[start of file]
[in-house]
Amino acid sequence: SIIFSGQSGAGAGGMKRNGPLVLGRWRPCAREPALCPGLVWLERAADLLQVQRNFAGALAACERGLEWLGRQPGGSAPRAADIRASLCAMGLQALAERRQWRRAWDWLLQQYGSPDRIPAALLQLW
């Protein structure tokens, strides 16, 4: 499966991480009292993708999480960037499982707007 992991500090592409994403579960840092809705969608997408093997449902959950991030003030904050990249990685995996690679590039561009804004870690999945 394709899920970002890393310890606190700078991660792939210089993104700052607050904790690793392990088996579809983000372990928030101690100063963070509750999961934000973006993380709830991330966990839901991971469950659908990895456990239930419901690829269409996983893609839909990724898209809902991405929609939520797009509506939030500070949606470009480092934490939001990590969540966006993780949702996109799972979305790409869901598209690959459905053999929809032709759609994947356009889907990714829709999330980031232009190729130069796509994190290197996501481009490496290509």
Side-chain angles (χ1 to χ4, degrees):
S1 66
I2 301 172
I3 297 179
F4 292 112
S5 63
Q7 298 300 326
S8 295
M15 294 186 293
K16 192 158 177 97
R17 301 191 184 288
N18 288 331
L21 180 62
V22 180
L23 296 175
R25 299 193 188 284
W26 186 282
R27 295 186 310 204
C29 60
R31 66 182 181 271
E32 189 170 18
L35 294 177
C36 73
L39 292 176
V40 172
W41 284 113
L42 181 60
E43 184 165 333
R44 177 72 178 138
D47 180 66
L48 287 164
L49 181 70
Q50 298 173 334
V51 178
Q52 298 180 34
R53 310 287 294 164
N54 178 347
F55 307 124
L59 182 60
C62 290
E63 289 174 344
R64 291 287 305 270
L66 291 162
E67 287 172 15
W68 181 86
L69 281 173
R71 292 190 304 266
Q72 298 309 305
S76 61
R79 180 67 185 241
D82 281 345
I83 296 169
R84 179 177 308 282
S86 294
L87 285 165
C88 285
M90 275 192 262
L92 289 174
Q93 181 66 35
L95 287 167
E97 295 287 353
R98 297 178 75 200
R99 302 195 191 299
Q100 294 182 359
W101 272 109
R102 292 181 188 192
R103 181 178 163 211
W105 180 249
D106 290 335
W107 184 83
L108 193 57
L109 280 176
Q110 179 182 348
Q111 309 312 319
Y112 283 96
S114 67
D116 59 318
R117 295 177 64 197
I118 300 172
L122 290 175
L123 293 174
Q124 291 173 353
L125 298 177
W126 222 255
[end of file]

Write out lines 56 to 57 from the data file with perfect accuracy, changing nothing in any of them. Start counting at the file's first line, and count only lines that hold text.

R84 179 177 308 282
S86 294